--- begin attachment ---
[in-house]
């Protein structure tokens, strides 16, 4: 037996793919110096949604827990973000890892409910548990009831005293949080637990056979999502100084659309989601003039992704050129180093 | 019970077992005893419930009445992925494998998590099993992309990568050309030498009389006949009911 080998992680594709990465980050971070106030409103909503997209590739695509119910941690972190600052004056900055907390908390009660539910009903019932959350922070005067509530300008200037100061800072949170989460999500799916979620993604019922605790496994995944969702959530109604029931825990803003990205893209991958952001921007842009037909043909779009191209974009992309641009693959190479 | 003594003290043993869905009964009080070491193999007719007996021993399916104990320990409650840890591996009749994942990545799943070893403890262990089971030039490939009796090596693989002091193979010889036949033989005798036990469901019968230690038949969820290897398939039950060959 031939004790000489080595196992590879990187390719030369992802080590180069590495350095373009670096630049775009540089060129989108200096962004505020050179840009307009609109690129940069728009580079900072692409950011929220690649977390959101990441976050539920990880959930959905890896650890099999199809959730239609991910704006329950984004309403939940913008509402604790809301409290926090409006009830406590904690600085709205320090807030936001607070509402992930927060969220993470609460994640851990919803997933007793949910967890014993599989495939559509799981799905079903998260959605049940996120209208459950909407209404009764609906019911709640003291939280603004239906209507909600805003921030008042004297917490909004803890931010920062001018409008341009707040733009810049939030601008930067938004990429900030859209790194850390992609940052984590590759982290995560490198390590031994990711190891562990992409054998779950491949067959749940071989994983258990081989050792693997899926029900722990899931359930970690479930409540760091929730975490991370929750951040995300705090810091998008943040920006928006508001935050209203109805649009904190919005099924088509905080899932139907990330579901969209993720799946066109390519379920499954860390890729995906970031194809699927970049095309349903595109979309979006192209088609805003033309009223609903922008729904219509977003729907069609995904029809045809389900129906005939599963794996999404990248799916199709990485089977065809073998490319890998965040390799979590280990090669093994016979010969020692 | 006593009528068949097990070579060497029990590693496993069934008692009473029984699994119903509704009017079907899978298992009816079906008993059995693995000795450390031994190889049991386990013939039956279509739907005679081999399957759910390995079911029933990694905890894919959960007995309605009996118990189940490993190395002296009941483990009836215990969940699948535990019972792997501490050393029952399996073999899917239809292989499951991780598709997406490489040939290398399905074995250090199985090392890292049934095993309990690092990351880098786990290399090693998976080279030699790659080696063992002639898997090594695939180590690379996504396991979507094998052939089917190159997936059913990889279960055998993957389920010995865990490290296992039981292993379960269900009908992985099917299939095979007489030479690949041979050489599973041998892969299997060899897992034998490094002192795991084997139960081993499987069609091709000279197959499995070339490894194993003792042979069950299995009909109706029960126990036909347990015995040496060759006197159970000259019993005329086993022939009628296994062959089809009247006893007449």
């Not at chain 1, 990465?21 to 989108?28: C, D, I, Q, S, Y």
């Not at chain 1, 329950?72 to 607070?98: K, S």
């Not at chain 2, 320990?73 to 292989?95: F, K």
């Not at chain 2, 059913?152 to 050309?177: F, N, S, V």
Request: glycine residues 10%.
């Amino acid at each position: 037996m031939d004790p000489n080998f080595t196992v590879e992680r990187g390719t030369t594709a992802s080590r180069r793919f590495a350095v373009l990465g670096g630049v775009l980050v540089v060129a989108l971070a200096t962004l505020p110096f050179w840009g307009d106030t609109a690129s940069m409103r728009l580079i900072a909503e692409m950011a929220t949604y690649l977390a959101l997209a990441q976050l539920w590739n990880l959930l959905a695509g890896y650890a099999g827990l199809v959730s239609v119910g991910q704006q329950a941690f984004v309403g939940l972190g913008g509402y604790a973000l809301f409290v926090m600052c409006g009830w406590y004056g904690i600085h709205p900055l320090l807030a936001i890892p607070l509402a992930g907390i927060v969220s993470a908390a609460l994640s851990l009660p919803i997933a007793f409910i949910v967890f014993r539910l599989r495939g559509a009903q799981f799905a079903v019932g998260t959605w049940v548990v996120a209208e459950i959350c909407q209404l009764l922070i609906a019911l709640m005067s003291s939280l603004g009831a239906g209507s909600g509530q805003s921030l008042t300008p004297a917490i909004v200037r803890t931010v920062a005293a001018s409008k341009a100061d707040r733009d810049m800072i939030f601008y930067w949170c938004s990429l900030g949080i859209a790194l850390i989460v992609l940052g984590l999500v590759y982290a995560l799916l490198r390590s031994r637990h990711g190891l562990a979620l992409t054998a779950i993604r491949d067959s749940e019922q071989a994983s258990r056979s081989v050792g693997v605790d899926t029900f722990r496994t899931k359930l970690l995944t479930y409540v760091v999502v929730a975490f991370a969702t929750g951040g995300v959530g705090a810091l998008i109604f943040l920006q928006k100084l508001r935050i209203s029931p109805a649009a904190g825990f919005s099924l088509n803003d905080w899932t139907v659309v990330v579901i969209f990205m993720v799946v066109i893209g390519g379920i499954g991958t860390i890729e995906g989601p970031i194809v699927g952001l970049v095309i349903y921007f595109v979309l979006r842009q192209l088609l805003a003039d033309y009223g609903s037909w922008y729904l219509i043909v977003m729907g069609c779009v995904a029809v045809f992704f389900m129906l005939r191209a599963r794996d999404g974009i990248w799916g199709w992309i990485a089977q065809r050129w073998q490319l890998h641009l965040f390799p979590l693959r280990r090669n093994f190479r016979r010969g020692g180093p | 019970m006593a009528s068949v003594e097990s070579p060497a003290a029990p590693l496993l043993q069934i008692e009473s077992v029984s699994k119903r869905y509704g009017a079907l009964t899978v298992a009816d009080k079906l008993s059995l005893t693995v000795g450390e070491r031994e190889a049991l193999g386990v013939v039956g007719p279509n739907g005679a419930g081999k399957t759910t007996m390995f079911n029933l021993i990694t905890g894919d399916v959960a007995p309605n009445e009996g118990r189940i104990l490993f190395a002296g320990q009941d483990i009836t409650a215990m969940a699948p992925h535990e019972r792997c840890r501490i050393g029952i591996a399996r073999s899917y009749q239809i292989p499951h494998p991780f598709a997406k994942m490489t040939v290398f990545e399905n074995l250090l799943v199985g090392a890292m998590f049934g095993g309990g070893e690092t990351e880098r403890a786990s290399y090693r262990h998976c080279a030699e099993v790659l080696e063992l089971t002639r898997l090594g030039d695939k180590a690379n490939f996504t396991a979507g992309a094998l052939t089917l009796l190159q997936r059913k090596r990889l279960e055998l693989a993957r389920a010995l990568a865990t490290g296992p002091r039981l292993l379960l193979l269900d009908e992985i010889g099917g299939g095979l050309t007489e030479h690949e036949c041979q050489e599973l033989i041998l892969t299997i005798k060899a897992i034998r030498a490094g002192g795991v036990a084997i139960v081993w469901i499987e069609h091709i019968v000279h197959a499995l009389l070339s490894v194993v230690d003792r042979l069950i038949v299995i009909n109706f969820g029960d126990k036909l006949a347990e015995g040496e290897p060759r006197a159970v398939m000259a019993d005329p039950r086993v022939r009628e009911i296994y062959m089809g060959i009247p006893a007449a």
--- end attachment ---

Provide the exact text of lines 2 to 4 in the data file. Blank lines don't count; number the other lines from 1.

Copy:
């Protein structure tokens, strides 16, 4: 037996793919110096949604827990973000890892409910548990009831005293949080637990056979999502100084659309989601003039992704050129180093 | 019970077992005893419930009445992925494998998590099993992309990568050309030498009389006949009911 080998992680594709990465980050971070106030409103909503997209590739695509119910941690972190600052004056900055907390908390009660539910009903019932959350922070005067509530300008200037100061800072949170989460999500799916979620993604019922605790496994995944969702959530109604029931825990803003990205893209991958952001921007842009037909043909779009191209974009992309641009693959190479 | 003594003290043993869905009964009080070491193999007719007996021993399916104990320990409650840890591996009749994942990545799943070893403890262990089971030039490939009796090596693989002091193979010889036949033989005798036990469901019968230690038949969820290897398939039950060959 031939004790000489080595196992590879990187390719030369992802080590180069590495350095373009670096630049775009540089060129989108200096962004505020050179840009307009609109690129940069728009580079900072692409950011929220690649977390959101990441976050539920990880959930959905890896650890099999199809959730239609991910704006329950984004309403939940913008509402604790809301409290926090409006009830406590904690600085709205320090807030936001607070509402992930927060969220993470609460994640851990919803997933007793949910967890014993599989495939559509799981799905079903998260959605049940996120209208459950909407209404009764609906019911709640003291939280603004239906209507909600805003921030008042004297917490909004803890931010920062001018409008341009707040733009810049939030601008930067938004990429900030859209790194850390992609940052984590590759982290995560490198390590031994990711190891562990992409054998779950491949067959749940071989994983258990081989050792693997899926029900722990899931359930970690479930409540760091929730975490991370929750951040995300705090810091998008943040920006928006508001935050209203109805649009904190919005099924088509905080899932139907990330579901969209993720799946066109390519379920499954860390890729995906970031194809699927970049095309349903595109979309979006192209088609805003033309009223609903922008729904219509977003729907069609995904029809045809389900129906005939599963794996999404990248799916199709990485089977065809073998490319890998965040390799979590280990090669093994016979010969020692 | 006593009528068949097990070579060497029990590693496993069934008692009473029984699994119903509704009017079907899978298992009816079906008993059995693995000795450390031994190889049991386990013939039956279509739907005679081999399957759910390995079911029933990694905890894919959960007995309605009996118990189940490993190395002296009941483990009836215990969940699948535990019972792997501490050393029952399996073999899917239809292989499951991780598709997406490489040939290398399905074995250090199985090392890292049934095993309990690092990351880098786990290399090693998976080279030699790659080696063992002639898997090594695939180590690379996504396991979507094998052939089917190159997936059913990889279960055998993957389920010995865990490290296992039981292993379960269900009908992985099917299939095979007489030479690949041979050489599973041998892969299997060899897992034998490094002192795991084997139960081993499987069609091709000279197959499995070339490894194993003792042979069950299995009909109706029960126990036909347990015995040496060759006197159970000259019993005329086993022939009628296994062959089809009247006893007449």
């Not at chain 1, 990465?21 to 989108?28: C, D, I, Q, S, Y």
């Not at chain 1, 329950?72 to 607070?98: K, S």